Sandra Oh Urges Support for North Korean Refugee Adoption Act

The Topple Hunger in North Korea (THINK) program, organized by the Korean American Coalition, yesterday posted a video of Sandra Oh urging support for the North Korean Refugee Adoption Act of 2011. Express your support by clicking here (http://kacla.org/?page_id=2535) and filling out a short form that will generate a letter of support to your Members of Congress. Although it’s mentioned in the video, ThinkChildren.org is not yet live as of this posting.

If passed, the Act would allow Americans to adopt refugee orphans who have fled the Democratic People’s Republic of Korea (North Korea) to neighboring countries such as Mongolia, Thailand and other Southeast Asian countries. These children are struggling in harsh circumstances, and run the risk of being sent back to North Korea, a country facing regular food shortages, and where one in three North Korean children under five are chronically malnourished.

Right now, it is extremely difficult to bring refugee children to the United States. One American family on the East Coast is currently working to secure the adoption of two orphaned siblings from North Korea. The adoption process for them could take anywhere from three to 10 years, and approval is not guaranteed. The passage of this Act would reduce the waiting time for families seeking to adopt refugee orphans.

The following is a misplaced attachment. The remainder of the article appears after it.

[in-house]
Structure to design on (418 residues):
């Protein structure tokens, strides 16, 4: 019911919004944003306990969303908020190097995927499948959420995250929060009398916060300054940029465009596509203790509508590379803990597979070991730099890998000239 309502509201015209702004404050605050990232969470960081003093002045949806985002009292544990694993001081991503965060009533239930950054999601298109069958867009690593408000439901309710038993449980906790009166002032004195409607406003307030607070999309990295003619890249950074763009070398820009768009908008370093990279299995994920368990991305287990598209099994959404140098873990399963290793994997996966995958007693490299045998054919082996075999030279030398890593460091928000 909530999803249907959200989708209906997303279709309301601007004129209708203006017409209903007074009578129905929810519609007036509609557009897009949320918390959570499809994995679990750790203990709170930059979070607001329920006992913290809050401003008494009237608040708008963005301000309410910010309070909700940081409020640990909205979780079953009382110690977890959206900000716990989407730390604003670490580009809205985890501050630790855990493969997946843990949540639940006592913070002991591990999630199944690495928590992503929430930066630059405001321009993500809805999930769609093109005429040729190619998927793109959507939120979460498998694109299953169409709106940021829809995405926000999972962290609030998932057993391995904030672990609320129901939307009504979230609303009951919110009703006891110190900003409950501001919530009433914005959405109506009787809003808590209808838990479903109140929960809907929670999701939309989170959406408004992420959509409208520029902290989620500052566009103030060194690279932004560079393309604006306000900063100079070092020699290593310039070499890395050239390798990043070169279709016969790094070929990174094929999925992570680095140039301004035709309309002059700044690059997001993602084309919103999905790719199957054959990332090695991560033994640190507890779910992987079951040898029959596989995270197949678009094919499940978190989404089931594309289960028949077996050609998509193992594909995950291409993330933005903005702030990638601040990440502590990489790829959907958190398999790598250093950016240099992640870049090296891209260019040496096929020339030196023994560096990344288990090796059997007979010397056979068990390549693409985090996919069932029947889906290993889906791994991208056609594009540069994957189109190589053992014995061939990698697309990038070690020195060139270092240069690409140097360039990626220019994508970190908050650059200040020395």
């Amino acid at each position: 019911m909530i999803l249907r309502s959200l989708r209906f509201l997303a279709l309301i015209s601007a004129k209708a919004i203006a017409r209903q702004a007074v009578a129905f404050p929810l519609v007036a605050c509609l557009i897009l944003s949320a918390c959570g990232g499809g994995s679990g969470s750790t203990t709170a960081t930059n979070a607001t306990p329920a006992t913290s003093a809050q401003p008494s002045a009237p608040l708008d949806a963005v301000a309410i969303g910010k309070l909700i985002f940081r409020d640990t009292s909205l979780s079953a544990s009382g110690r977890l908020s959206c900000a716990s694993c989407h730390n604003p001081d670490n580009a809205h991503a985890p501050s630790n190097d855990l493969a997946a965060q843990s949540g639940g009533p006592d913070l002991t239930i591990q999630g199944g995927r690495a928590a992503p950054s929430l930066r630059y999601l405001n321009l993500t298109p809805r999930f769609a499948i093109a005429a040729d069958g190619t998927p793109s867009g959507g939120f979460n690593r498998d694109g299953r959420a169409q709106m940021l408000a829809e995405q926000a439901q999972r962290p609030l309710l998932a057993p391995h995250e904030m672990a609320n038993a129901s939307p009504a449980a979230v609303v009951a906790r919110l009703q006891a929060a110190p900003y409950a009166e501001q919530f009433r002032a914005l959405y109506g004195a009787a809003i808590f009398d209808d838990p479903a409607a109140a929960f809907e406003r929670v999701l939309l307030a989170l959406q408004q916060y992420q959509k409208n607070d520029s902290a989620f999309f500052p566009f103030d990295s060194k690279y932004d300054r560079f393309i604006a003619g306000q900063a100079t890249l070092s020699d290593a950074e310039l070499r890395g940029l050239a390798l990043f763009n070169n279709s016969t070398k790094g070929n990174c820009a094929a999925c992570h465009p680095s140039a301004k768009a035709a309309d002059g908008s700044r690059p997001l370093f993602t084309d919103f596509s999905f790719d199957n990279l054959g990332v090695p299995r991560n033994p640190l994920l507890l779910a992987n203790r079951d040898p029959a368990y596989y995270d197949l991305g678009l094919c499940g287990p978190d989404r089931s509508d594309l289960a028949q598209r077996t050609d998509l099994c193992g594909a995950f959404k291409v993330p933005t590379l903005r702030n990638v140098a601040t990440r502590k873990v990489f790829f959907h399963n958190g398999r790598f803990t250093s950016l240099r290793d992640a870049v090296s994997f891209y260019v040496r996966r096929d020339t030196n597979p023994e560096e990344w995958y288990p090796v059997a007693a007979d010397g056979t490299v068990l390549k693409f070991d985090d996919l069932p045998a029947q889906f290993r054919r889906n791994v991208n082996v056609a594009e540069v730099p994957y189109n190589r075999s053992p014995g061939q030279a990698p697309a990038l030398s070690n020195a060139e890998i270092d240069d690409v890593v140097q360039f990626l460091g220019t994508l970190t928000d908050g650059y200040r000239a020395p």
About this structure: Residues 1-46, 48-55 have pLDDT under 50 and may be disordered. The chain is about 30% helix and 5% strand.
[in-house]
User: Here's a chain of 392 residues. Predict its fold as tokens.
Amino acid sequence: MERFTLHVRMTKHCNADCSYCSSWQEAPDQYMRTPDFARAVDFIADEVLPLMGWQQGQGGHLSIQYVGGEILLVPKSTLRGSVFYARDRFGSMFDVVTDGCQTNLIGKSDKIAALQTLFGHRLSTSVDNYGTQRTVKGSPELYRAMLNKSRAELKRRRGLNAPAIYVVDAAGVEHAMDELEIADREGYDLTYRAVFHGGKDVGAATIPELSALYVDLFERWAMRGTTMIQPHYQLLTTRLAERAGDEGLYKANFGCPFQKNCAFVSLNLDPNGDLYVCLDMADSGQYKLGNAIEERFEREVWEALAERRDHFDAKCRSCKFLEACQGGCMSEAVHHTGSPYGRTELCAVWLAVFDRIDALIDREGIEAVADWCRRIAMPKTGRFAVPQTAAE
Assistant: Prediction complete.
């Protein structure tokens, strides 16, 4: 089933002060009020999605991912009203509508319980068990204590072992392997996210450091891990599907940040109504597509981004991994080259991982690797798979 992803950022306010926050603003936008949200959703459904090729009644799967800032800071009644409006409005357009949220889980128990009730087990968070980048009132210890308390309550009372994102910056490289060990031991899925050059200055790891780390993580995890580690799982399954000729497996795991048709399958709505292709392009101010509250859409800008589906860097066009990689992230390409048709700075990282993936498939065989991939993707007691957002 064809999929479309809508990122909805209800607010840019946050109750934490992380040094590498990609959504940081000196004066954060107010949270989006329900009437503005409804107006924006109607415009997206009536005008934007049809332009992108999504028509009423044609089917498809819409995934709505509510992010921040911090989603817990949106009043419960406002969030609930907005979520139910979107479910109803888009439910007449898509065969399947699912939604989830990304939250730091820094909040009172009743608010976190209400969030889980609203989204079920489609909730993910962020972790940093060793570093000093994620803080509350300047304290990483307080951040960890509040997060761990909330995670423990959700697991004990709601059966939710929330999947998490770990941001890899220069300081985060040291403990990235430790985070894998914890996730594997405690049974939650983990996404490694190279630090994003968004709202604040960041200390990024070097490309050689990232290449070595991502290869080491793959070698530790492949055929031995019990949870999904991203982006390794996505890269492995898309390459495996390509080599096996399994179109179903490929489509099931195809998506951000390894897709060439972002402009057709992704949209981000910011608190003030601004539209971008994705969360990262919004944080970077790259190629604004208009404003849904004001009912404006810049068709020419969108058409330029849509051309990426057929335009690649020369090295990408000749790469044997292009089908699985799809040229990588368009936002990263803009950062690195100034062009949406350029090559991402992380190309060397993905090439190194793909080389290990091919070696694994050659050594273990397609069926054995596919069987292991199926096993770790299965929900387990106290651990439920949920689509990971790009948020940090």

This is not simply an adoption issue, or a Korean American issue. Refugee orphans do not have access to food and clean water, and are vulnerable to human trafficking and deportation. The North Korean Refugee Adoption Act would lessen the burden on parents in the United States who wish to provide a safe and caring home for refugee orphans.

Express your support by clicking here (http://kacla.org/?page_id=2535) and filling out a short form that will generate a letter of support to your Members of Congress.

Topple Hunger in North Korea (THINK) is a program organized by the Korean American Coalition (KAC) to inform the public about famine and humanitarian issues in North Korea, and to increase civic participation in the Korean American community.

Source: KAC